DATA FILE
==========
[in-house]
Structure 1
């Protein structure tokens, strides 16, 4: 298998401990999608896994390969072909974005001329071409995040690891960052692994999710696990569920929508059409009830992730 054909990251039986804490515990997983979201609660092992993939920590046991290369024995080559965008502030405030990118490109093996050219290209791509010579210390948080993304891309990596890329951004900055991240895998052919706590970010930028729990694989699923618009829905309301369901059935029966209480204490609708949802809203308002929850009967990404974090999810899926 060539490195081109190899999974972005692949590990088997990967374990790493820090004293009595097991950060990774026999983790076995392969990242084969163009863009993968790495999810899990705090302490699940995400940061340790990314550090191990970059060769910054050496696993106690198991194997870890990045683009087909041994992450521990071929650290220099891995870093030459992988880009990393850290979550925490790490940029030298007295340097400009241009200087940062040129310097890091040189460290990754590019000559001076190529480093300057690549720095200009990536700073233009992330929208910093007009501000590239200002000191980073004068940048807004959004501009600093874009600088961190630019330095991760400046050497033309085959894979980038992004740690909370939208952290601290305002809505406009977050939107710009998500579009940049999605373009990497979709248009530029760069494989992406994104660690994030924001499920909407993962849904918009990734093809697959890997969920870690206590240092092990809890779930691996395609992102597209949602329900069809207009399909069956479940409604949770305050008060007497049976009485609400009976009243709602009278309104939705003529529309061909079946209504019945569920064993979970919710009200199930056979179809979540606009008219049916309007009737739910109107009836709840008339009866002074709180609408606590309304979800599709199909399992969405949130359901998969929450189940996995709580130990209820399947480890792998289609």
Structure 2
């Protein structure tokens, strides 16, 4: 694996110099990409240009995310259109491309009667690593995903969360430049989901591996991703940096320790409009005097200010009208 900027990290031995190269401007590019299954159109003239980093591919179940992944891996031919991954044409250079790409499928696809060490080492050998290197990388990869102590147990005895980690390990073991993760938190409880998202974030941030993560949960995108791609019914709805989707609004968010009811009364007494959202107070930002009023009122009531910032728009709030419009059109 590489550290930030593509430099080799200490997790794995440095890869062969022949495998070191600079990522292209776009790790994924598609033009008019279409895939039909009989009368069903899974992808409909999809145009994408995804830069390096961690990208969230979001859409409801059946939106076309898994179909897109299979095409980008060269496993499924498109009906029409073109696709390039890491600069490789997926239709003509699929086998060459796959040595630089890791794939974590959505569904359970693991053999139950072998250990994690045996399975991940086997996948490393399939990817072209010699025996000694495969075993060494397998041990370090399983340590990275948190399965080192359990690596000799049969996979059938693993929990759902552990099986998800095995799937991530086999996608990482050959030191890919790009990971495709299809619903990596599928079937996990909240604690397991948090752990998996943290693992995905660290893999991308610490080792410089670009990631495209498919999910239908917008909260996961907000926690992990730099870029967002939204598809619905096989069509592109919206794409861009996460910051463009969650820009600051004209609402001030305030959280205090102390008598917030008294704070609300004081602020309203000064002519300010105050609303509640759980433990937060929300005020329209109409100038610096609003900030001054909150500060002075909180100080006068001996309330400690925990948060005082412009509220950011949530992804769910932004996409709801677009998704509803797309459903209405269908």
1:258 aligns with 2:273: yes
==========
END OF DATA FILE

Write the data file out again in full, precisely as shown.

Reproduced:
[in-house]
Structure 1
């Protein structure tokens, strides 16, 4: 298998401990999608896994390969072909974005001329071409995040690891960052692994999710696990569920929508059409009830992730 054909990251039986804490515990997983979201609660092992993939920590046991290369024995080559965008502030405030990118490109093996050219290209791509010579210390948080993304891309990596890329951004900055991240895998052919706590970010930028729990694989699923618009829905309301369901059935029966209480204490609708949802809203308002929850009967990404974090999810899926 060539490195081109190899999974972005692949590990088997990967374990790493820090004293009595097991950060990774026999983790076995392969990242084969163009863009993968790495999810899990705090302490699940995400940061340790990314550090191990970059060769910054050496696993106690198991194997870890990045683009087909041994992450521990071929650290220099891995870093030459992988880009990393850290979550925490790490940029030298007295340097400009241009200087940062040129310097890091040189460290990754590019000559001076190529480093300057690549720095200009990536700073233009992330929208910093007009501000590239200002000191980073004068940048807004959004501009600093874009600088961190630019330095991760400046050497033309085959894979980038992004740690909370939208952290601290305002809505406009977050939107710009998500579009940049999605373009990497979709248009530029760069494989992406994104660690994030924001499920909407993962849904918009990734093809697959890997969920870690206590240092092990809890779930691996395609992102597209949602329900069809207009399909069956479940409604949770305050008060007497049976009485609400009976009243709602009278309104939705003529529309061909079946209504019945569920064993979970919710009200199930056979179809979540606009008219049916309007009737739910109107009836709840008339009866002074709180609408606590309304979800599709199909399992969405949130359901998969929450189940996995709580130990209820399947480890792998289609």
Structure 2
């Protein structure tokens, strides 16, 4: 694996110099990409240009995310259109491309009667690593995903969360430049989901591996991703940096320790409009005097200010009208 900027990290031995190269401007590019299954159109003239980093591919179940992944891996031919991954044409250079790409499928696809060490080492050998290197990388990869102590147990005895980690390990073991993760938190409880998202974030941030993560949960995108791609019914709805989707609004968010009811009364007494959202107070930002009023009122009531910032728009709030419009059109 590489550290930030593509430099080799200490997790794995440095890869062969022949495998070191600079990522292209776009790790994924598609033009008019279409895939039909009989009368069903899974992808409909999809145009994408995804830069390096961690990208969230979001859409409801059946939106076309898994179909897109299979095409980008060269496993499924498109009906029409073109696709390039890491600069490789997926239709003509699929086998060459796959040595630089890791794939974590959505569904359970693991053999139950072998250990994690045996399975991940086997996948490393399939990817072209010699025996000694495969075993060494397998041990370090399983340590990275948190399965080192359990690596000799049969996979059938693993929990759902552990099986998800095995799937991530086999996608990482050959030191890919790009990971495709299809619903990596599928079937996990909240604690397991948090752990998996943290693992995905660290893999991308610490080792410089670009990631495209498919999910239908917008909260996961907000926690992990730099870029967002939204598809619905096989069509592109919206794409861009996460910051463009969650820009600051004209609402001030305030959280205090102390008598917030008294704070609300004081602020309203000064002519300010105050609303509640759980433990937060929300005020329209109409100038610096609003900030001054909150500060002075909180100080006068001996309330400690925990948060005082412009509220950011949530992804769910932004996409709801677009998704509803797309459903209405269908």
1:258 aligns with 2:273: yes